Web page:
If we had a jazz club scene The Eddy might do it a bit of good

Watching the first episode of The Eddy as the bar tender flings ice into an ice bucket in the Parisian club, a female singer backed by a hard bop band just about keeping our attention as the camera unveils an authentic looking place, the label guy …

Published: 8 May 2020. Updated: 2 months.

Watching the first episode of The Eddy as the bar tender flings ice into an ice bucket in the Parisian club, a female singer backed by a hard bop band just about keeping our attention as the camera unveils an authentic looking place, the label guy who came to check out the band not fussed as it turns out, musicians unhappy in the dressing room as pianist-owner Elliot (André Holland, above left) looks on even more miserably given the low turn-out and how badly the band are playing he thinks, before moving bad to worse getting beaten up by Serbian heavies who arrive after-hours looking for money (he'e even more miserable by then), this really contemporary good looking French and English dialogue drama ironically could do the jazz club scene a lot of good given that loads of new people will watch it on Netflix and I'm already getting decent wannabe Bertrand Tavernier vibes (Tavernier made one of the best ever evocations of jazz in recent decades on Round Midnight also set in Paris). That irony is it might do if we had a jazz scene any more given that everything's closed. Bummer eh? But maybe people will somehow post-Lockdown think hey that Eddy thing was a bit corny but OK: let's find a jazz club for the first time.

It doesn't escape me that if a new jazz album rather than a drama got half as much hype as this series has got in the media in the build-up to today's premiere then we could be living in a more savvy world where jazz actually gets exposure rather than as is the reality is instead habitually ignored by the dumb culture pages who prefer to laud some piece of braindead trivia with a backbeat that disappears oh two seconds after you hear it but happens to be pushed by big companies who flog it to death as if it were a tube of, what they don't realise, much more interesting toothpaste. The whole Eddy thing trades on updating the mystique and that invisible magic is just one of the elements we are all missing about not hearing jazz in a club at the moment and which makes it so important from a social point of view as well a musicial point of view place of creation, and for ideas crossing boundaries to stir the imagination. Everyone gets ideas and inspiration in a jazz club whatever your background is and I think this drama tries to make sense of all that but keeps it human amid all the dreaming and however much it gets it right or wrong. SG

Photo Lou Faulon/Netflix

Become a marlbank regular

Tags: News

Albums, latest review: Victoria Geelan, Sophisticated Lady

With every step she becomes that bit greater. Feeling good? No. You will be, promise after this. One of the finest jazz vocals albums of the year for me so far and the bar is set high already with new albums from Ian Shaw and Kandace Springs among …

Published: 7 May 2020. Updated: 2 months.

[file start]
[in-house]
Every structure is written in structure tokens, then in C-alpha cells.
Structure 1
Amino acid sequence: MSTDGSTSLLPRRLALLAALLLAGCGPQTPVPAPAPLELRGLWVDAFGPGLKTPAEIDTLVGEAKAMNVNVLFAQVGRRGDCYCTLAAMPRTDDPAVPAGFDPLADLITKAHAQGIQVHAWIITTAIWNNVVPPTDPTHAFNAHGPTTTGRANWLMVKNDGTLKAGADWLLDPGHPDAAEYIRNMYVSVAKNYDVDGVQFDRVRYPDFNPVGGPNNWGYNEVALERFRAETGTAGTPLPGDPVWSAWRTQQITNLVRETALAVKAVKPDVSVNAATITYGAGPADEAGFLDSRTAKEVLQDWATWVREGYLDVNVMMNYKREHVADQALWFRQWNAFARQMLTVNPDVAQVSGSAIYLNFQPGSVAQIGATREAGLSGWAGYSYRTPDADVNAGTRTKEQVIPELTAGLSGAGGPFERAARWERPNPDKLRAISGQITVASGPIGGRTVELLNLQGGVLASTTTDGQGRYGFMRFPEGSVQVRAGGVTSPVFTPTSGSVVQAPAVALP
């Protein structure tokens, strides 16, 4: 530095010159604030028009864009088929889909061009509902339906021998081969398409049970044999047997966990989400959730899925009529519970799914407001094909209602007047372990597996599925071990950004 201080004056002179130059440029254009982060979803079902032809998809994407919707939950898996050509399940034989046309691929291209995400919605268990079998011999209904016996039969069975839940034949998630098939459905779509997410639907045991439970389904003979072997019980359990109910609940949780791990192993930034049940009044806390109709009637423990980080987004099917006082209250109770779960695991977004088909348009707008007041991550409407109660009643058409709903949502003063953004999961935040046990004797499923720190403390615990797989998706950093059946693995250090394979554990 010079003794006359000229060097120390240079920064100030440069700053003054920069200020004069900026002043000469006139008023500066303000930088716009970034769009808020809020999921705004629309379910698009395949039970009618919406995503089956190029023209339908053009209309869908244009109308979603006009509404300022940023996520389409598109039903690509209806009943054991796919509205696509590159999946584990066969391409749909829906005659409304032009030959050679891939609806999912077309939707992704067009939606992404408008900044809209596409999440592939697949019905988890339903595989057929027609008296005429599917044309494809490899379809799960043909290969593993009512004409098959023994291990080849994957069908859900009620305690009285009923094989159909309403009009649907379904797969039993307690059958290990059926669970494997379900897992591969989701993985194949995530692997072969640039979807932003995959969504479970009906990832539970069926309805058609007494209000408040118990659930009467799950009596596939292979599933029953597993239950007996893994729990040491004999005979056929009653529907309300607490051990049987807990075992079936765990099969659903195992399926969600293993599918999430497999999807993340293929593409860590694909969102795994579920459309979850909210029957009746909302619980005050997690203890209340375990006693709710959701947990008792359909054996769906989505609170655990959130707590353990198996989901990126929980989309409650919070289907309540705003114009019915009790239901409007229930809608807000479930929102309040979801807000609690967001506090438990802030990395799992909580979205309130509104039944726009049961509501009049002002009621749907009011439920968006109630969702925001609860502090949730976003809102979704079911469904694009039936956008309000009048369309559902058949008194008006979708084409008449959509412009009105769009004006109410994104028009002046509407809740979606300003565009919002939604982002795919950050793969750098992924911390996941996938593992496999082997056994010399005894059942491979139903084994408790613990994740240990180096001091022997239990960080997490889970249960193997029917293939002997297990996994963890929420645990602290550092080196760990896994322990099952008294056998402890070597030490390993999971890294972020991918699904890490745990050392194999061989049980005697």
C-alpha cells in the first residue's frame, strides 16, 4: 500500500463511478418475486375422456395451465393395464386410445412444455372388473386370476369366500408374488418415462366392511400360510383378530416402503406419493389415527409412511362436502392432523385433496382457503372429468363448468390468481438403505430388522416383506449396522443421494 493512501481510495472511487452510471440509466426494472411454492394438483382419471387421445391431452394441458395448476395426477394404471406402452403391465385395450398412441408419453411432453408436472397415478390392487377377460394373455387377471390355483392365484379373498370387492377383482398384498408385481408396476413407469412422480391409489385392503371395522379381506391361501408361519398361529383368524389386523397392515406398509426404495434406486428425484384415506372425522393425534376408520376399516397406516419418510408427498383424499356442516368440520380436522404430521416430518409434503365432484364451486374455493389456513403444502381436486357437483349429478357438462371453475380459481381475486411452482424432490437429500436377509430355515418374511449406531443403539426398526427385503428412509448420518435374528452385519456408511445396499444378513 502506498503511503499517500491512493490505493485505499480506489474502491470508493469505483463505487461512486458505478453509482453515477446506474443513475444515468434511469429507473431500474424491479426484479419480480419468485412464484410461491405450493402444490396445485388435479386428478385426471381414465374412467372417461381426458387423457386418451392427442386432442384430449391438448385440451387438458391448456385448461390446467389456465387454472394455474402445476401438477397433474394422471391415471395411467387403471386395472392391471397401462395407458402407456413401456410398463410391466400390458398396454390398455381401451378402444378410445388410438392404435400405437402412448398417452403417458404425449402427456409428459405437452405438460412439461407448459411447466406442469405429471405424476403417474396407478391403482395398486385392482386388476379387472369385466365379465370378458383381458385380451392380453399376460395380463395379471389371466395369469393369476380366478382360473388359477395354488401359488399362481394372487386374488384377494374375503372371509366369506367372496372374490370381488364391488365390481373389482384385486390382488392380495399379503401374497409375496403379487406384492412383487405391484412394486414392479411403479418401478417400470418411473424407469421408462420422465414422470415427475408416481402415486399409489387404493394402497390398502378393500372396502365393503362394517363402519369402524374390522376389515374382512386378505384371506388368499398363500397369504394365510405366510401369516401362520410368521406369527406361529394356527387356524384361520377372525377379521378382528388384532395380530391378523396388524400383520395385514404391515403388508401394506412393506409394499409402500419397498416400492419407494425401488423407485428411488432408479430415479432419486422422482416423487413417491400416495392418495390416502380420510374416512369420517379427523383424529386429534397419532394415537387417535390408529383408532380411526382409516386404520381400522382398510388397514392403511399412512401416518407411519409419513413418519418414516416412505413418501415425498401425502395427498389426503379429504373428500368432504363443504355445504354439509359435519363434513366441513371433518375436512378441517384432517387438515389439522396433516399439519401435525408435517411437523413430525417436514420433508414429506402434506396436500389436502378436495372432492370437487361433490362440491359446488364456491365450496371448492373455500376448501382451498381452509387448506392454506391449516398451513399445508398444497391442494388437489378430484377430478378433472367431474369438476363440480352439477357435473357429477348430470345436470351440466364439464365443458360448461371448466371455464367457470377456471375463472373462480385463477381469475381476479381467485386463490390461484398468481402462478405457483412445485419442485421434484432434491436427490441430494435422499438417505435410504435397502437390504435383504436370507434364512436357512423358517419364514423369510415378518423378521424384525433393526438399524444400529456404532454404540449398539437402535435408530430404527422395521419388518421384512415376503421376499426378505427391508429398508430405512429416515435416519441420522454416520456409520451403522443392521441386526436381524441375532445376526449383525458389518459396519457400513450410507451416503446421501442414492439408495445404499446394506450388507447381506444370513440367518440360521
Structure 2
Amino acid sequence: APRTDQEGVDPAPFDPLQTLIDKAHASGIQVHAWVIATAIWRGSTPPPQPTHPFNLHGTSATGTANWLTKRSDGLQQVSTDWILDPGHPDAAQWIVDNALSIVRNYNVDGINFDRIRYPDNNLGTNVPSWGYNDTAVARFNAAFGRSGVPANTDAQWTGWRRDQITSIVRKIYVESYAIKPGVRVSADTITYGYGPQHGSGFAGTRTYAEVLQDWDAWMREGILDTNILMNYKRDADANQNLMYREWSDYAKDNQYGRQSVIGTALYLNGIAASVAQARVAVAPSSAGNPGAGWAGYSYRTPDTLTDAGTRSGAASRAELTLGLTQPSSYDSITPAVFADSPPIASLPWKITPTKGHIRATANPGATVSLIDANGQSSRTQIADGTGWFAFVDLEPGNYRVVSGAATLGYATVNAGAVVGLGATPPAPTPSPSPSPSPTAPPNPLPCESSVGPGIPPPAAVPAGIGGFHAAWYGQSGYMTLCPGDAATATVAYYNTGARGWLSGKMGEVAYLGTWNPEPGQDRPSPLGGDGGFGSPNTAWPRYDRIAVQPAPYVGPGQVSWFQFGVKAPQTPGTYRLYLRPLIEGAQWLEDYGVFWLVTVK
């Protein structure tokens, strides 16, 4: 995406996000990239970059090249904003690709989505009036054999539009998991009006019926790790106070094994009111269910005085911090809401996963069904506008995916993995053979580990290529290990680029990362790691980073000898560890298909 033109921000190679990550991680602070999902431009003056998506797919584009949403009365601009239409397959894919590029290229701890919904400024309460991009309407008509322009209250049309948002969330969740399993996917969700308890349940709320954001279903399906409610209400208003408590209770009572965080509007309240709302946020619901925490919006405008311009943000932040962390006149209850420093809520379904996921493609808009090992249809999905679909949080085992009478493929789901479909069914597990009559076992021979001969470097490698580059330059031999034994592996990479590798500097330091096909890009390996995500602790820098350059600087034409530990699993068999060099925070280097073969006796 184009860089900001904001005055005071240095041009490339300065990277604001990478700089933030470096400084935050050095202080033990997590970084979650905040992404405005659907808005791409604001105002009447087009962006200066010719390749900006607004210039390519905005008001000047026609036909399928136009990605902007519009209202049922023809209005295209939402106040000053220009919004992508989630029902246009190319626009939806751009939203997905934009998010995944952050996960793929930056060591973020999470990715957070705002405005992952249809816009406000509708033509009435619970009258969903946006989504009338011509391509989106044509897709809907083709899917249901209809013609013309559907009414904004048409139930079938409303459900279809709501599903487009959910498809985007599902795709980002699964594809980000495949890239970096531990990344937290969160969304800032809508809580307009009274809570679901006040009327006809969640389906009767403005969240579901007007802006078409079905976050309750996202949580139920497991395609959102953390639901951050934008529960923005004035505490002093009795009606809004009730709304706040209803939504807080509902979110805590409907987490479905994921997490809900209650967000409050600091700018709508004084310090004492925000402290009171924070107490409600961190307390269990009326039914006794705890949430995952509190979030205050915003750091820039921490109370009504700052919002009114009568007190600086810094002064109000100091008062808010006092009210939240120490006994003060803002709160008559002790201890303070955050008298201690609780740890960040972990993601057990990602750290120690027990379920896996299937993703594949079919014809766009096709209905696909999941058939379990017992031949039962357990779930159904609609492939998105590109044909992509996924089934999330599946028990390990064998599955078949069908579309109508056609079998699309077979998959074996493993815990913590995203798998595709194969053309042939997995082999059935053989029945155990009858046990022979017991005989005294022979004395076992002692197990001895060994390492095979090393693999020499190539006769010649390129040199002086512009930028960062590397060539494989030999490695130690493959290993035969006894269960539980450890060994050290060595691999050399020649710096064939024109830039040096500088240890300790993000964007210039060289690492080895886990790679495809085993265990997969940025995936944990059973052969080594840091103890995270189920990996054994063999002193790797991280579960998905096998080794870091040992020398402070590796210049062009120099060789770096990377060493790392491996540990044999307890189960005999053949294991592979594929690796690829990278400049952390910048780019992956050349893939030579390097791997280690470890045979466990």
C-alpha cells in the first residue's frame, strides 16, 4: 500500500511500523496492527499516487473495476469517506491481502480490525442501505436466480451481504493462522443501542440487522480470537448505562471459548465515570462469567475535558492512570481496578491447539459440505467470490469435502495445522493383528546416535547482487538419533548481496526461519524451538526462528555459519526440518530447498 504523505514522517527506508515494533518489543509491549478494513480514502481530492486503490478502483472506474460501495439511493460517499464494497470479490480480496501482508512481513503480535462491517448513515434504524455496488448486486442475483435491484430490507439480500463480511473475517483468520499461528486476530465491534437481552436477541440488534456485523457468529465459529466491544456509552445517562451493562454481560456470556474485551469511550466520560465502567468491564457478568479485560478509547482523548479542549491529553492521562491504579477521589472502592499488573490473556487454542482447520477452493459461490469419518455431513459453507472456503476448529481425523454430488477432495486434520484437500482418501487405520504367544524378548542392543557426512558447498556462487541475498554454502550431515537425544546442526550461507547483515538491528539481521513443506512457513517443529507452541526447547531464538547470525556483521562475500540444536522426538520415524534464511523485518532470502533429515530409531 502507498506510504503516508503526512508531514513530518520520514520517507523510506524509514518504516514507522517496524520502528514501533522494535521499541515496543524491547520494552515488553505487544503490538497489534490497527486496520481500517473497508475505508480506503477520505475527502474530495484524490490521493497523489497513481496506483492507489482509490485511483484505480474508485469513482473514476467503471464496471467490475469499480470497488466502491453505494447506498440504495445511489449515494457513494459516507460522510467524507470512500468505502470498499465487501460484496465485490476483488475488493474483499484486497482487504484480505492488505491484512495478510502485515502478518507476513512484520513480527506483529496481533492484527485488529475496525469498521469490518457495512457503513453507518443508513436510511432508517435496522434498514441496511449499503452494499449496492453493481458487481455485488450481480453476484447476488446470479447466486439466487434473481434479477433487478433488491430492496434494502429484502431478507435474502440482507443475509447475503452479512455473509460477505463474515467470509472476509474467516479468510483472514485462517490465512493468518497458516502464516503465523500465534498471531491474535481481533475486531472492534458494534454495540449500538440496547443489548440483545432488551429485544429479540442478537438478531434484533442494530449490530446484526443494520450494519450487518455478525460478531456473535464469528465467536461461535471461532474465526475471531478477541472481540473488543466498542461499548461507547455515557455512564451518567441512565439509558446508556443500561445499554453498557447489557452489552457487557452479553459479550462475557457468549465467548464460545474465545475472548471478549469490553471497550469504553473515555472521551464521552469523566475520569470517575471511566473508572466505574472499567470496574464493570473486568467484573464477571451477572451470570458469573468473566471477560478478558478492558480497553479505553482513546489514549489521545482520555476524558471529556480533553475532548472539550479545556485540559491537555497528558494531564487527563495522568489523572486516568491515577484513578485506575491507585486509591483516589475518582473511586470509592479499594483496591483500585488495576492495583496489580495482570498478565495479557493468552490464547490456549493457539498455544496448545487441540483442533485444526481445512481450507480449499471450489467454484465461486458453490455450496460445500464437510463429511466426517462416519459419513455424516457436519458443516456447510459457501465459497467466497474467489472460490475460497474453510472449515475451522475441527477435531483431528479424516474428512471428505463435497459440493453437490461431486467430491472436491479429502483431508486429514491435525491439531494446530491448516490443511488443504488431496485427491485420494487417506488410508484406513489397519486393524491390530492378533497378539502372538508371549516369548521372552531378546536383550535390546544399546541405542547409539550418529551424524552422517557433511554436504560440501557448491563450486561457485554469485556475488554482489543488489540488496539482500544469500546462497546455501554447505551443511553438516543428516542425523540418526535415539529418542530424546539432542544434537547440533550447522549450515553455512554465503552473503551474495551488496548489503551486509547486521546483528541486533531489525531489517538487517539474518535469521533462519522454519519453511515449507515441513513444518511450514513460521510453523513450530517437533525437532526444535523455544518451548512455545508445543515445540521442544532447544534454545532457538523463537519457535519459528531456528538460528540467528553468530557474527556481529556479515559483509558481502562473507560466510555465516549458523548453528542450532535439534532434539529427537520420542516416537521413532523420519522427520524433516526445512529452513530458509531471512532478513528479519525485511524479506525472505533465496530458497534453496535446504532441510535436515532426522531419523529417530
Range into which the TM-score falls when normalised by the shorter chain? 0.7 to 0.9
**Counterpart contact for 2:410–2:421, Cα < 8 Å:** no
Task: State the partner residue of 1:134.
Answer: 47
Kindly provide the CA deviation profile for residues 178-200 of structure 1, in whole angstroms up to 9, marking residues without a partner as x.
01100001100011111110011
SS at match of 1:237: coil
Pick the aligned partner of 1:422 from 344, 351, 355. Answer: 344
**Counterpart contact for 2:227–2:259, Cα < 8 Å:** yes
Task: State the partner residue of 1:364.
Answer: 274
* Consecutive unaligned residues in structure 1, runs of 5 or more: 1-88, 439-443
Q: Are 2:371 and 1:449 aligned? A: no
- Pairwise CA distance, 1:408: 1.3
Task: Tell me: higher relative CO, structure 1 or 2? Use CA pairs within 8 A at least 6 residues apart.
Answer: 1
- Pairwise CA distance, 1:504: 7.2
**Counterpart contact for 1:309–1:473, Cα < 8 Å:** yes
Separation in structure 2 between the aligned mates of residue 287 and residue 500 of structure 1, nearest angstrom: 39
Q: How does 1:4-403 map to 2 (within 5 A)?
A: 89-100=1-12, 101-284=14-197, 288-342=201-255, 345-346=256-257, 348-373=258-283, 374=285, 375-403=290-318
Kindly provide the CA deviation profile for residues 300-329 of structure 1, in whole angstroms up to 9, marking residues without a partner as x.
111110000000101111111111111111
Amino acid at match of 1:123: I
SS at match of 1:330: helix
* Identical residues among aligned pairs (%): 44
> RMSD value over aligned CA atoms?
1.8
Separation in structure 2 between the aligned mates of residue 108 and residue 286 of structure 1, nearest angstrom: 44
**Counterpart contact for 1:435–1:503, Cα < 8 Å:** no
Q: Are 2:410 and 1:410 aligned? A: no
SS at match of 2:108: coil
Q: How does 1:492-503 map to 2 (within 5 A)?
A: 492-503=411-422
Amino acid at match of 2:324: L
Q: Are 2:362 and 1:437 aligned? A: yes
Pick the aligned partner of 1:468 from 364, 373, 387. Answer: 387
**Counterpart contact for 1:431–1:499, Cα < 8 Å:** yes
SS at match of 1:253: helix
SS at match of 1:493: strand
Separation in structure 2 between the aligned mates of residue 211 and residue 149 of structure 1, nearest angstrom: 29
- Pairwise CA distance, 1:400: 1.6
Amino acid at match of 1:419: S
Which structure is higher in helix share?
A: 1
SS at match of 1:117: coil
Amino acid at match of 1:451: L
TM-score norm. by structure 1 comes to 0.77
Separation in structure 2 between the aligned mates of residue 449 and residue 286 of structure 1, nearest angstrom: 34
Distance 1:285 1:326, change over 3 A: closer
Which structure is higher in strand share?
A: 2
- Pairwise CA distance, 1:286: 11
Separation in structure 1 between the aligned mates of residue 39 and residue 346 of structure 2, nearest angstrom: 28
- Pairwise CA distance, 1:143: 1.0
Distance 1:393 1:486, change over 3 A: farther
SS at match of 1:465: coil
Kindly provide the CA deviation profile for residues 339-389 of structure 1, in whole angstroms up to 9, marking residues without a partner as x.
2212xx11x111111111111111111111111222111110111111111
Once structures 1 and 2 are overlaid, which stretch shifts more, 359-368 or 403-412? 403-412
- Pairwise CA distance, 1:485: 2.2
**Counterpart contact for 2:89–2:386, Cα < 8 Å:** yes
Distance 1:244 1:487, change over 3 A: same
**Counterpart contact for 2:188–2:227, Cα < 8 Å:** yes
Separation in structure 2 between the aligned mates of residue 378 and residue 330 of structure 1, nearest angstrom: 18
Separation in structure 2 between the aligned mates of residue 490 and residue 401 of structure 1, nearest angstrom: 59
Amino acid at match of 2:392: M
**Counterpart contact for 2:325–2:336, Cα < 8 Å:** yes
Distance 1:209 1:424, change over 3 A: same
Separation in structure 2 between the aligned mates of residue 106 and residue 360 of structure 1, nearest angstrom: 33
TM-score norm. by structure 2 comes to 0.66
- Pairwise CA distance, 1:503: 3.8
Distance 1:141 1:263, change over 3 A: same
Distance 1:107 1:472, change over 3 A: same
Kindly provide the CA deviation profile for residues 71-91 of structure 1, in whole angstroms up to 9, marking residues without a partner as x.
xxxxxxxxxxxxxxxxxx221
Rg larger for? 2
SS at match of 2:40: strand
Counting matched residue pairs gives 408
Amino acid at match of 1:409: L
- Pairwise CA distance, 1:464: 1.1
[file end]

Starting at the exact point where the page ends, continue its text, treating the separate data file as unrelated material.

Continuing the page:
Next post

With every step she becomes that bit greater. Feeling good? No. You will be, promise after this. One of the finest jazz vocals albums of the year for me so far and the bar is set high already with new albums from Ian Shaw and Kandace Springs among the pick.

Of course I'm riffing on the standard associated with Nina Simone that opens the album and although fairly ubiquitous and you might think done to death sounds brand new in Victoria Geelan's hands. Last time this blog was lucky to catch Victoria after previous occasions hearing her with Gay McIntyre's band at a theatre show and in Derry at Bennigans was in a simpatico place called Pat’s, Victoria with the bassist on this new record Rohan Armstrong there on that occasion down in Skintown. And also on her new record she has the fine Berts house pianist Scott Flanigan with her plus ''Pádraig González'' on drums. And Scott accompanies her beautifully, González good too on sheer feel at first blush.

Victoria is a throwback as all the best jazz singers are and knows her classic jazz like few jazz singers out there can only aspire to. She has the potential to be very famous but maybe she won't be at all and will remain instead a well kept secret for connoisseurs in Derry where there is one of the best jazz scenes in Ireland. Or was before Lockdown. This record I think accelerates that possibility of greater profile no end. Remember it is undorned production on a shoestring budget and yet she shines. These standards are so familiar but she treats them like they are dear friends and feels at home.

I think at this point I'll share Julie London's 'Sophisticated Lady', although I still think she doesn't sound like Julie, actually she only sounds like Victoria Geelan nowadays after flirting with the June Christy sound more in the past. But hey Victoria's version of the Ellington classic stands that difficult comparison in terms of being a significant statement. The other big highlight on Sophisticated Lady is her take on 'There Will Never Be Another You' again proving herself an insider on a big song. Her treatment of 'What Kind of Fool Am I' also is beautiful and again underlines Geelan's quality, the way she exudes affinity through sensibility and skill.

The Mitchell Parish lyrics paint such a vivid picture and the singer knows how to interpret them. “Smoking, drinking, never thinking of tomorrow, nonchalant diamonds shining, dancing, dining, with some man in a restaurant”. The key difficult question of a song about interior desire that she knows how to convey follows: “Is that all you really want?” Stephen Graham
Victoria Geelan above with Rohan Armstrong. Photo marlbank